In a previous life, Guy Aday was the operations chief for the U.S. Consulate in Northern Afghanistan. After he injured his back and returned to the U.S. for back surgery and physical and vocational rehabilitation, he began reassessing his career.
“My B.S. degree in emergency and crisis management was a good fit for my work with the Department of State, but it didn’t translate well into a civilian career,” he explained. “When I was initially looking at vocational rehabilitation options, I wanted something where I could work with my hands and have an intellectual challenge.”
Aday found this challenge and hands-on experience in the biotechnology program at Alamance Community College. Here, he delved into his newfound interest in cell culture. “It was a great experience overall with hands-on opportunities to volunteer in the labs,” he said.
In the middle of Aday’s biotechnology program studies for which he was earning an A.A.S., ACC introduced an agricultural biotechnology program, which he also pursued. His combined degrees and volunteer experience in the college’s labs created a pathway to his first official job in biotechnology as ACC’s biotech lab manager. This position was the launching pad for his career at the Pfizer facility in Sanford.
“The two years or so I spent managing the labs was a great experience,” Aday pointed out. “I was able to leverage my years of experience in management with my STEM education to take my role in the lab to another level from what it was originally intended. I trained techs and student volunteers and conducted outreach for the program.”
The experience also taught Aday how to build a strong professional network. Today, he is a bioprocess technician IV, gene therapy/continuous improvement at Pfizer. It is a role that challenges him, especially now. After two years at Pfizer, Aday is in a new job training program, or secondment, in the company’s Integrated Manufacturing Excellence (IMEX) program.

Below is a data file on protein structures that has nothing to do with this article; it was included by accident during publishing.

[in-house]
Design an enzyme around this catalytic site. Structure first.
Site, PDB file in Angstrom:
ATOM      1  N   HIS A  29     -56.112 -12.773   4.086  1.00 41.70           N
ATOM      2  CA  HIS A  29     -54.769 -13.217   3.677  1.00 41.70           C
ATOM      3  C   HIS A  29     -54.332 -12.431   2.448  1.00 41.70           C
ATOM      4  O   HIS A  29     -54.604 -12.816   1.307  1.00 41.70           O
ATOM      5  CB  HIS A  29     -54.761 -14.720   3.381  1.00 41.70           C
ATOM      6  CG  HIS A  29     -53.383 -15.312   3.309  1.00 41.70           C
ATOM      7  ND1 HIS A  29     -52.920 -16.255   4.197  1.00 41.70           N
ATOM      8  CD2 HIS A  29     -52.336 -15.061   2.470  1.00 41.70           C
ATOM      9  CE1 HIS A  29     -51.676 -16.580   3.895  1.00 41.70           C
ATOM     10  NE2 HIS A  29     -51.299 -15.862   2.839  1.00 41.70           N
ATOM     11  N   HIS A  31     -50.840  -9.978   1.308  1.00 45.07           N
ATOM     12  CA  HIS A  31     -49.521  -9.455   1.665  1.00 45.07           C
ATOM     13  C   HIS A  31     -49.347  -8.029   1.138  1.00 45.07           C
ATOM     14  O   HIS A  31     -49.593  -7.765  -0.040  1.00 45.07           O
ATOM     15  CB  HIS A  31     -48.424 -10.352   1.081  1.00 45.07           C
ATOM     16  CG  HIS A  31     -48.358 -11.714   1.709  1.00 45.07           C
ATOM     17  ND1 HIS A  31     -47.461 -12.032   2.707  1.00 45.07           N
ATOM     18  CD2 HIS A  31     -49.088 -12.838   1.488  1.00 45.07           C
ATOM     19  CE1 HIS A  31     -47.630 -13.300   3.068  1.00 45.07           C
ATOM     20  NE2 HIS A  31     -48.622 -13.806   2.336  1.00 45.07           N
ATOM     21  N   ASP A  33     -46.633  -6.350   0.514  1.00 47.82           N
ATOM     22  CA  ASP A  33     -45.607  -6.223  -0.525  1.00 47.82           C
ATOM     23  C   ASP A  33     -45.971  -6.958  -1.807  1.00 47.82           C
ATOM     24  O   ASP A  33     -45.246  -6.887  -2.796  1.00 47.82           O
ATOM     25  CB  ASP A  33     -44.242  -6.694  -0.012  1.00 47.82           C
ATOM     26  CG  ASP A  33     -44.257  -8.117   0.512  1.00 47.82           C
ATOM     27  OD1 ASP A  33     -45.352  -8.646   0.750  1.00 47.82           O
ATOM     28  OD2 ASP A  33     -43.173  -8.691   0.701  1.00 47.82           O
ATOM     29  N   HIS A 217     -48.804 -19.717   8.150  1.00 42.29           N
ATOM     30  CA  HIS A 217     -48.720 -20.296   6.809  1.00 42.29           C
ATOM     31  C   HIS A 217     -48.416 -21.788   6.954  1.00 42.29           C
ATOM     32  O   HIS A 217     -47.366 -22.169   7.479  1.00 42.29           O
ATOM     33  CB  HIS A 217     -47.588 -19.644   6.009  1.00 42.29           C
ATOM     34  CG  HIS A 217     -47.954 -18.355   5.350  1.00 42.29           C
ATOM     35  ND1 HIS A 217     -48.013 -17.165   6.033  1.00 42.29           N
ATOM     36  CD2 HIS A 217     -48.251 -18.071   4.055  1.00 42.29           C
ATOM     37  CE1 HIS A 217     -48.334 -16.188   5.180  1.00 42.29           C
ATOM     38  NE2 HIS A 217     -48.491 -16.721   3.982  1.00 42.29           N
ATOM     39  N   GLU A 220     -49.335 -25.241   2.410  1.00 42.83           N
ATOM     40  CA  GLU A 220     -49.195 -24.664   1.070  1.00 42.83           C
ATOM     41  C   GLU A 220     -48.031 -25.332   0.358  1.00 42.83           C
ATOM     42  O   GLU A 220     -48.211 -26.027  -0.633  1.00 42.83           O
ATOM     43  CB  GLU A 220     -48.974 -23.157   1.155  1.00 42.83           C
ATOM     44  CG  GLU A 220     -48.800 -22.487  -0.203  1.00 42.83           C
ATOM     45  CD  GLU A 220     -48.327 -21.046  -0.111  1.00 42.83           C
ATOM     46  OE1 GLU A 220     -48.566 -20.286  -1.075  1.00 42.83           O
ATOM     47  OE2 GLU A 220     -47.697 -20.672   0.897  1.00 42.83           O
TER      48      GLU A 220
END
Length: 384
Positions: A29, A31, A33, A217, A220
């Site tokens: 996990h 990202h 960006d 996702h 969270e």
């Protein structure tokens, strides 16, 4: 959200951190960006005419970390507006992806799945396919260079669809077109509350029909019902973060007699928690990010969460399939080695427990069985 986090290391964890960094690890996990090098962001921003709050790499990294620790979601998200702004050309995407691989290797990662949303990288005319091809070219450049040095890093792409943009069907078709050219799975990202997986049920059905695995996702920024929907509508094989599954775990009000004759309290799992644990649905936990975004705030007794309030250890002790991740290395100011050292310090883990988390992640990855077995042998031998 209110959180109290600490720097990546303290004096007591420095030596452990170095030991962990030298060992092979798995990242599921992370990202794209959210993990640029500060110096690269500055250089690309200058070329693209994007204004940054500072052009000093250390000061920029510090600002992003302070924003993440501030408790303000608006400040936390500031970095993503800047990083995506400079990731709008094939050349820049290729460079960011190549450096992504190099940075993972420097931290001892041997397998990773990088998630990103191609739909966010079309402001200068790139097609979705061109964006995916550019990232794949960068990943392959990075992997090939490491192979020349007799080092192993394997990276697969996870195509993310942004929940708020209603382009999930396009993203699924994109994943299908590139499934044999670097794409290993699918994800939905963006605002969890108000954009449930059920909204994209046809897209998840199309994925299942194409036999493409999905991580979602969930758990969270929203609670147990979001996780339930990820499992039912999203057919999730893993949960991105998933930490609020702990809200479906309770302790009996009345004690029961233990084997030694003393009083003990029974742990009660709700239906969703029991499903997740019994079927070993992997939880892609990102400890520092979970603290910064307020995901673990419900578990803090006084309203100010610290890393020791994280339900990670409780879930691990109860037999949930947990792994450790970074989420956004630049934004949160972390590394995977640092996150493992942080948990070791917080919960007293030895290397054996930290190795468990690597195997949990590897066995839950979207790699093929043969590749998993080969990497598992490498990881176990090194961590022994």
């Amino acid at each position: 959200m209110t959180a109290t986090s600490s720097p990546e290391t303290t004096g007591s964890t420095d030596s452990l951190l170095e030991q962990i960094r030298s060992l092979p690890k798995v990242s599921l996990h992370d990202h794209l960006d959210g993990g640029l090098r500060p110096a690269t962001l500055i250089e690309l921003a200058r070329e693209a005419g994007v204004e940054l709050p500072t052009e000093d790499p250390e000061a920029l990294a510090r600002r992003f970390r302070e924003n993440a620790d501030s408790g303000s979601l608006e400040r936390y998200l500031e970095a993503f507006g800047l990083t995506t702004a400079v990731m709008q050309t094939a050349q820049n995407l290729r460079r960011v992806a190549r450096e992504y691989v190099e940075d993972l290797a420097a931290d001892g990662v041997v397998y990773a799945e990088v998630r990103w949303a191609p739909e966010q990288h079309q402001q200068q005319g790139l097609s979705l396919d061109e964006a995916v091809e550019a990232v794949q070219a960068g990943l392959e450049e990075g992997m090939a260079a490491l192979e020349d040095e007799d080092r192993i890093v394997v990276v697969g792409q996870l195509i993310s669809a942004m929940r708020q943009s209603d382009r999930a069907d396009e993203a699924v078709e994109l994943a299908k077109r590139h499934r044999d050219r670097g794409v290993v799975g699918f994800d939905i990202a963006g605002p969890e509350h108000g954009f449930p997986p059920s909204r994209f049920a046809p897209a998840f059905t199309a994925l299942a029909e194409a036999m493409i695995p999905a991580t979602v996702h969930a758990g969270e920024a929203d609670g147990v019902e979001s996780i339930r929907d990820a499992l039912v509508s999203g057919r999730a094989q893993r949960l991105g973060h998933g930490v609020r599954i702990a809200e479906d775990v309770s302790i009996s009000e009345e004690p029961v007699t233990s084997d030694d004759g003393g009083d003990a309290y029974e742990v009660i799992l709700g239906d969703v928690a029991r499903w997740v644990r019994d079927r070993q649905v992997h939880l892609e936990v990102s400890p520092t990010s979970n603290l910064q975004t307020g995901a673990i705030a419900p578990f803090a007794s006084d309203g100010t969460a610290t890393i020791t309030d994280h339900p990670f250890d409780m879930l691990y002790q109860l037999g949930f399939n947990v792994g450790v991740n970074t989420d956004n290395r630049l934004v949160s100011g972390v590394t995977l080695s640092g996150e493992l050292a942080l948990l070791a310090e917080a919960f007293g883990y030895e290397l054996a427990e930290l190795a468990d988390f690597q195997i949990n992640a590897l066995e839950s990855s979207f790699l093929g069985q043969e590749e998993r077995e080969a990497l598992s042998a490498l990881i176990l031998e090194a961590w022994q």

“Essentially, my job is to become a subject matter expert in digital platforms and then combine that with my previous experiences to create job aids and train end-users,” Aday said. “The time I spent tutoring and co-teaching biotechnology lab courses at ACC prepared me to tackle this new challenge.”
As he enters this new phase of his career, Aday has some advice for others making career changes. For one, he recommends that job seekers be open-minded and flexible when it comes to job titles and responsibilities. “You get out of it what you put into it.”
He also points out that the A.A.S. biotechnology program is not just about bioprocessing. “The experience with plant and mammalian cell culture, microbiology, genetic sequencing and other lab work has given me knowledge and experience I will leverage throughout my career.”
And one last bit of advice. “Know that it is a physical job, especially in pharmaceutical manufacturing. Overall, the field is what you make of it. There are plenty of opportunities, but you will need to put the effort in.”
Original Article Source: WRAL TechWire